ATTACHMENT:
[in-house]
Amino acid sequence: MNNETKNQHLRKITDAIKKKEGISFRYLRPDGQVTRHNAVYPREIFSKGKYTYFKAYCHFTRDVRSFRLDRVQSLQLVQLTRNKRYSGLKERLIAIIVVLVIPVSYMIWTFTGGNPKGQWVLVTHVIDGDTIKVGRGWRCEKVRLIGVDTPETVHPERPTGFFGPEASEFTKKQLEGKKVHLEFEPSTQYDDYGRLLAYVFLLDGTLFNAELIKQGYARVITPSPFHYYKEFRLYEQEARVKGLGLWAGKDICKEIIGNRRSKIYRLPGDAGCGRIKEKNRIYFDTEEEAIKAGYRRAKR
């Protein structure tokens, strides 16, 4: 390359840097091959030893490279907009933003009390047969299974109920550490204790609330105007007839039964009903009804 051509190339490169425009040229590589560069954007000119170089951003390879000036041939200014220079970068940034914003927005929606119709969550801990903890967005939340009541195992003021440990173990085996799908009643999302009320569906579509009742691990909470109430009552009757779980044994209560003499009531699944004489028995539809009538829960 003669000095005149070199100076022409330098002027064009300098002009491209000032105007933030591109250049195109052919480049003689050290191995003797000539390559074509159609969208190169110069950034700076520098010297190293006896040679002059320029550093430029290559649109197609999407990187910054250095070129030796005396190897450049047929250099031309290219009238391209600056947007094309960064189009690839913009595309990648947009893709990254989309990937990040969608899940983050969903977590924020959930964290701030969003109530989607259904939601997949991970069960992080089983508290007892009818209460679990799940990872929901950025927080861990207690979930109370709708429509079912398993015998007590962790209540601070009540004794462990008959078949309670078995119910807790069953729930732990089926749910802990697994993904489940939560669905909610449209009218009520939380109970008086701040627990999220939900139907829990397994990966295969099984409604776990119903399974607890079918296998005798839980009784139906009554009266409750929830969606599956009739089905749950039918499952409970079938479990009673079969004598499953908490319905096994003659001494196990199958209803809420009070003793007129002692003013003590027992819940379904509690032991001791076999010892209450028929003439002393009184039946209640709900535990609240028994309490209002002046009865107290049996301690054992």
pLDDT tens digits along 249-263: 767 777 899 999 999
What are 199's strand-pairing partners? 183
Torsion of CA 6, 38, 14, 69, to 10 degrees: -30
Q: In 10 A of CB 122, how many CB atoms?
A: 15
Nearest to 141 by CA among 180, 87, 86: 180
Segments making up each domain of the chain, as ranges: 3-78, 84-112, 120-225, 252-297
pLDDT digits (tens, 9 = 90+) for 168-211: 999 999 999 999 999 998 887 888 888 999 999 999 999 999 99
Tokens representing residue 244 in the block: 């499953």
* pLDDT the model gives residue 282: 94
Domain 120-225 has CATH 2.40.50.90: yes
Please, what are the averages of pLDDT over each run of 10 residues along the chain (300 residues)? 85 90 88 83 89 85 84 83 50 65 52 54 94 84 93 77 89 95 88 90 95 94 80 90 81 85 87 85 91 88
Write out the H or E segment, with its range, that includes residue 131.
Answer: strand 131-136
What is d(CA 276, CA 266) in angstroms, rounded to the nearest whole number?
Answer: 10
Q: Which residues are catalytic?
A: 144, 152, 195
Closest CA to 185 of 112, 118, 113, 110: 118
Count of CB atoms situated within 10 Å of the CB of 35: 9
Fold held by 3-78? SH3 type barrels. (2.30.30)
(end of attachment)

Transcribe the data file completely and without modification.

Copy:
[in-house]
Amino acid sequence: MNNETKNQHLRKITDAIKKKEGISFRYLRPDGQVTRHNAVYPREIFSKGKYTYFKAYCHFTRDVRSFRLDRVQSLQLVQLTRNKRYSGLKERLIAIIVVLVIPVSYMIWTFTGGNPKGQWVLVTHVIDGDTIKVGRGWRCEKVRLIGVDTPETVHPERPTGFFGPEASEFTKKQLEGKKVHLEFEPSTQYDDYGRLLAYVFLLDGTLFNAELIKQGYARVITPSPFHYYKEFRLYEQEARVKGLGLWAGKDICKEIIGNRRSKIYRLPGDAGCGRIKEKNRIYFDTEEEAIKAGYRRAKR
């Protein structure tokens, strides 16, 4: 390359840097091959030893490279907009933003009390047969299974109920550490204790609330105007007839039964009903009804 051509190339490169425009040229590589560069954007000119170089951003390879000036041939200014220079970068940034914003927005929606119709969550801990903890967005939340009541195992003021440990173990085996799908009643999302009320569906579509009742691990909470109430009552009757779980044994209560003499009531699944004489028995539809009538829960 003669000095005149070199100076022409330098002027064009300098002009491209000032105007933030591109250049195109052919480049003689050290191995003797000539390559074509159609969208190169110069950034700076520098010297190293006896040679002059320029550093430029290559649109197609999407990187910054250095070129030796005396190897450049047929250099031309290219009238391209600056947007094309960064189009690839913009595309990648947009893709990254989309990937990040969608899940983050969903977590924020959930964290701030969003109530989607259904939601997949991970069960992080089983508290007892009818209460679990799940990872929901950025927080861990207690979930109370709708429509079912398993015998007590962790209540601070009540004794462990008959078949309670078995119910807790069953729930732990089926749910802990697994993904489940939560669905909610449209009218009520939380109970008086701040627990999220939900139907829990397994990966295969099984409604776990119903399974607890079918296998005798839980009784139906009554009266409750929830969606599956009739089905749950039918499952409970079938479990009673079969004598499953908490319905096994003659001494196990199958209803809420009070003793007129002692003013003590027992819940379904509690032991001791076999010892209450028929003439002393009184039946209640709900535990609240028994309490209002002046009865107290049996301690054992």
pLDDT tens digits along 249-263: 767 777 899 999 999
What are 199's strand-pairing partners? 183
Torsion of CA 6, 38, 14, 69, to 10 degrees: -30
Q: In 10 A of CB 122, how many CB atoms?
A: 15
Nearest to 141 by CA among 180, 87, 86: 180
Segments making up each domain of the chain, as ranges: 3-78, 84-112, 120-225, 252-297
pLDDT digits (tens, 9 = 90+) for 168-211: 999 999 999 999 999 998 887 888 888 999 999 999 999 999 99
Tokens representing residue 244 in the block: 């499953």
* pLDDT the model gives residue 282: 94
Domain 120-225 has CATH 2.40.50.90: yes
Please, what are the averages of pLDDT over each run of 10 residues along the chain (300 residues)? 85 90 88 83 89 85 84 83 50 65 52 54 94 84 93 77 89 95 88 90 95 94 80 90 81 85 87 85 91 88
Write out the H or E segment, with its range, that includes residue 131.
Answer: strand 131-136
What is d(CA 276, CA 266) in angstroms, rounded to the nearest whole number?
Answer: 10
Q: Which residues are catalytic?
A: 144, 152, 195
Closest CA to 185 of 112, 118, 113, 110: 118
Count of CB atoms situated within 10 Å of the CB of 35: 9
Fold held by 3-78? SH3 type barrels. (2.30.30)